I love the Singapore hawker style roast chicken! In fact, I think I’d go so far to say that if given a choice, ipso facto, I’d choose roast over white. A good roast chicken is juicy and tender and draped with a beautiful bronzed crinkly skin. It is complemented with cilantro, cucumber and green onions and accentuated with fragrant sesame oil and soy sauce dressing. I especially love sucking on the bones in the cavity where the marinade lies. It’s simply heavenly!
With this recipe, I have managed to reproduce the roast chicken that I always enjoy at the hawker stall. The first thing you need to know is that “roast” chicken is a misnomer as the chicken is actually deep fried! At the hawker stall, they will dunk the whole chicken into a vat of hot oil to cook it. That is how to achieve that beautiful skin color. Of course, this is not practical for the home kitchen, so what I have done is to modify the recipe by roasting the chicken in a oven first and then just bathing it with hot oil at the end. The results are excellent and it is very doable.
In this recipe, I show you how to prepare a whole chicken, but you can apply the same technique to just the whole chicken legs. This is actually easier to do and most people prefer the thigh meat anyway. (Although with my recipe, the breast remains juicy). The only problem with doing this dish with just chicken thigh is that the skin sometimes doesn’t cover the whole leg properly due to shrinkage. When you prepare this dish with a whole chicken, the presentation is much better.
Now onto my Singapore Roast Chicken Recipe: Modified for the Home Cook – ieatishootipost
A. Poaching liquid
Water 3 litres
Malt sugar 2 Tbsp
Vinegar 2 Tbsp
1. Add malt sugar and vinegar to the water in a pot and bring to boil
2. Gently lower the chicken into the water and simmer for 5 mins
3. Leave the chicken to cool on a rack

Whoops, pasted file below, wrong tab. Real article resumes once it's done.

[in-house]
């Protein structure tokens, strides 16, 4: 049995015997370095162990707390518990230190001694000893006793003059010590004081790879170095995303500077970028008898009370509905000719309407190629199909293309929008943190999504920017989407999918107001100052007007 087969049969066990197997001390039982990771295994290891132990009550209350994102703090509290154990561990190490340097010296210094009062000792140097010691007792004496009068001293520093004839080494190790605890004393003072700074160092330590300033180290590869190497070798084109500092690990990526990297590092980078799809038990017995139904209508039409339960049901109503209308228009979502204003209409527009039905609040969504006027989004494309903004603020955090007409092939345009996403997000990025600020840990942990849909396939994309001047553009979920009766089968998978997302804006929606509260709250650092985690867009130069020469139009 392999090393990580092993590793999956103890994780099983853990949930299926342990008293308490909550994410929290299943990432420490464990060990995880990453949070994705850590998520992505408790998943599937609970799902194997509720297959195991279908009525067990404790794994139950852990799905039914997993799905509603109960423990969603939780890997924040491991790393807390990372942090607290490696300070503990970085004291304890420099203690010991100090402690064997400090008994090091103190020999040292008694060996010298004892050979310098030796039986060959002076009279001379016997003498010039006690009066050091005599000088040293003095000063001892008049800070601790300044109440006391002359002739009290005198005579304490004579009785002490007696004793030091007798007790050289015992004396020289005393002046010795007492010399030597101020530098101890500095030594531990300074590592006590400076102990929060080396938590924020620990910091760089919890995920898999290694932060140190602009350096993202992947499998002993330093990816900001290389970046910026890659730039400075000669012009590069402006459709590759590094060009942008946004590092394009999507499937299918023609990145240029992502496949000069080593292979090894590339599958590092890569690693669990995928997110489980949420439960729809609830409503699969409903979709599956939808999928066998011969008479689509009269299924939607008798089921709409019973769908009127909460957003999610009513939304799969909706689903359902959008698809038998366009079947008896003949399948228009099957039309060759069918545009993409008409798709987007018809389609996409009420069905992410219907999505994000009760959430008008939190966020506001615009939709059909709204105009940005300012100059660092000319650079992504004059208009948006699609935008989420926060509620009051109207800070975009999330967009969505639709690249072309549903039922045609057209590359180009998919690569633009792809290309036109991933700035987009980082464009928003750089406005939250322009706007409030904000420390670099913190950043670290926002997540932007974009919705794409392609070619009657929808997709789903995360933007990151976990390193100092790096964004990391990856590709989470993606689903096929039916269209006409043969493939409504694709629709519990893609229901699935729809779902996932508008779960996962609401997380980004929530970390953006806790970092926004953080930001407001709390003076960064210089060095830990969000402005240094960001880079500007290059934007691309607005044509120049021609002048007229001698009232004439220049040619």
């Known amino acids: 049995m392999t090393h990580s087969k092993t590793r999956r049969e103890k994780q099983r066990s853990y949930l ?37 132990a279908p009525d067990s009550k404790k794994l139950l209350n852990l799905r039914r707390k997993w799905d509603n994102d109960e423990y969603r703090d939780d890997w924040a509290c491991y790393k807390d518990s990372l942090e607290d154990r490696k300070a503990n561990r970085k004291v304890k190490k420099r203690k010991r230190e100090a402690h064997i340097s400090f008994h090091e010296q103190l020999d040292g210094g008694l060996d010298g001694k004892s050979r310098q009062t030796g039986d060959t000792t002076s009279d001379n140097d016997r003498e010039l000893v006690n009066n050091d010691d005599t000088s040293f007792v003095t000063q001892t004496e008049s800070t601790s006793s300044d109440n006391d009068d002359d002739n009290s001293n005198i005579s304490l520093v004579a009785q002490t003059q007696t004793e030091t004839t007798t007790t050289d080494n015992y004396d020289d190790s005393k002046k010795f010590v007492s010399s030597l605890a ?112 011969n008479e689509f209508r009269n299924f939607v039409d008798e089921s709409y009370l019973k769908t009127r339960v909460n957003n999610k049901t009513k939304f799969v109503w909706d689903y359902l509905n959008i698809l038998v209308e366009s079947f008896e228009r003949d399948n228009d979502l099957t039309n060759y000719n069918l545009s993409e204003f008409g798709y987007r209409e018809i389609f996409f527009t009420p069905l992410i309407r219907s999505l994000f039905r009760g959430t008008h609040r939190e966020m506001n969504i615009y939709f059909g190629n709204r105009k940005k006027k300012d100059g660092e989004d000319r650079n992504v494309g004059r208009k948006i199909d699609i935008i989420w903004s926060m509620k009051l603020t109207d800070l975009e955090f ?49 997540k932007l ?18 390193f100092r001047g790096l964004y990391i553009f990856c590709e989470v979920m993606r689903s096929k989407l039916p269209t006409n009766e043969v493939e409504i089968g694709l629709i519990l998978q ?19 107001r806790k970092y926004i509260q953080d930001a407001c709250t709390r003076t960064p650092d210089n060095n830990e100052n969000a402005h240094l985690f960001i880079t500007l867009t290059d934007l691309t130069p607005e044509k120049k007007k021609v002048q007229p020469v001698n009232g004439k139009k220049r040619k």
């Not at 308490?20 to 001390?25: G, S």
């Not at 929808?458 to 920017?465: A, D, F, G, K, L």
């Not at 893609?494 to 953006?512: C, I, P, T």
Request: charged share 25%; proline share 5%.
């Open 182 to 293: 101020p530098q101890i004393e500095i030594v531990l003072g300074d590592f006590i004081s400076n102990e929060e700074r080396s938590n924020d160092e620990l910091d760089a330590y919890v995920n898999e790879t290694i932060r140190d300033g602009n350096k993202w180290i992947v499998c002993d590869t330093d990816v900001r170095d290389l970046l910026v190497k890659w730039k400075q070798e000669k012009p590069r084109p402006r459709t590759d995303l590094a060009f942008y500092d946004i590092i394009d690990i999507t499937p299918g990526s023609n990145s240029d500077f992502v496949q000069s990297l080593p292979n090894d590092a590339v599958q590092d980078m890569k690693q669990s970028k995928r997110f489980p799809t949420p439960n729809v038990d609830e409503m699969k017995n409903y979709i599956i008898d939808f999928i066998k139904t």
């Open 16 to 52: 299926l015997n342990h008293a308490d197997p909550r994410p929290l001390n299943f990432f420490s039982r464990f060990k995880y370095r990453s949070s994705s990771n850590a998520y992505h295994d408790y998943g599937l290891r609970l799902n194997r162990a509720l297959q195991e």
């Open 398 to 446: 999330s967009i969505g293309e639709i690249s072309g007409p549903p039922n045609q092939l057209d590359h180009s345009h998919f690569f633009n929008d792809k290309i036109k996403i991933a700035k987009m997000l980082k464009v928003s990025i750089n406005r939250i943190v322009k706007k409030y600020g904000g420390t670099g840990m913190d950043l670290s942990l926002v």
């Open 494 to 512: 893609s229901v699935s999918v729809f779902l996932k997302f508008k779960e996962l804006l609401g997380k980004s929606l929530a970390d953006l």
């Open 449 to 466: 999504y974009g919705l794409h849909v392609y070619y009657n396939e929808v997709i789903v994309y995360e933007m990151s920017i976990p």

4. Divide the chicken into two halves. One part is the whole breast and wings and the other just the legs
5. Mix the ingredients in B together and rub on the inside of the chicken (There will be some excess spice rub. Just make sure you cover the insides evenly)
6. Leave the chicken in an airy place for 2 hours to dry and then cover loosely with baking paper and leave in the fridge for 4 hours or overnight.
7. Place the chicken on a rack in a baking tray. Add one cup of water to the tray and bake at 140°C. At 40mins remove the breast portion and bake the thigh portion for a further 10 mins. (see below for explaination)
8. Dab the chicken with paper and leave it to dry out a bit
9. Heat up some oil in a pot and pour the hot oil over the skin side. (You can also just deep fry the whole thing but it might splatter)
10. Prepare the sauce by heating up the leftover water in the roasting tray, soy sauce and rock sugar in a pot. Adjust to taste. Once it is ready, add sesame oil.
11. Chop up the chicken, drizzle with sauce, top with garnish and enjoy! A squeeze of calamansi lime will also help add a little zing to the dish!
The rationale for poaching the chicken whole is so that when the skin shrinks, it still covers the whole chicken properly. The malt sugar and vinegar in the water will coat the chicken to give it that beautiful bronze color. You can buy malt sugar from bakery supply stalls or online. Alternatively, you may use honey.
Allow the chicken to air dry and cool before cutting so that the skin develops some resilience. By poaching the chicken, you have already killed the surface bacteria, so it is safe to leave it out for a few hours.
This is an unconventional way of dividing the chicken. Breast meat cooks at a lower temperature than thigh meat, so by doing it this way, you will not overcook the breasy meat. It also makes it easier to handle.
Spread the rub evenly on the inside of the chicken. Leave it on the rack to air dry or in the fridge overnight. This process will help dry the skin and allow the spices to penetrate into the flesh.
Lay on a rack and pour enough water to cover the bottom of the tray. Baking at 140°C. The gentler heat will result in a juicer chicken and the longer cooking time allows the skin to further dry out.
The breast is ready when the temperature reaches 65°C while thigh meat is only ready when it hits 75°C. If you have a thermometer, you can check and adjust the timing more precisely. On my home oven, it takes 40 mins at 140°C for the breast to be ready and 50mins for the thigh.
This is the part which will turn some of you off because it is a hassle to deep fry. I bath the chicken in oil because you don’t have to use as much oil and it doesn’t splatter as much. Make sure you use some paper to get rid of any water to reduce the splattering.
The results are totally worth the trouble!
Here, I only use chicken thigh meat. Notice the shrinkage of the skin in some pieces. It’s still delicious and won’t matter too much after you chop it up!
The chicken goes really well with noodles! All you need to do is to add a tablespoon of deep frying oil to a plate and some drizzling sauce to some noodles. (I like to use dried kolo mee but instant noodles or fresh wanton noodles will work too)
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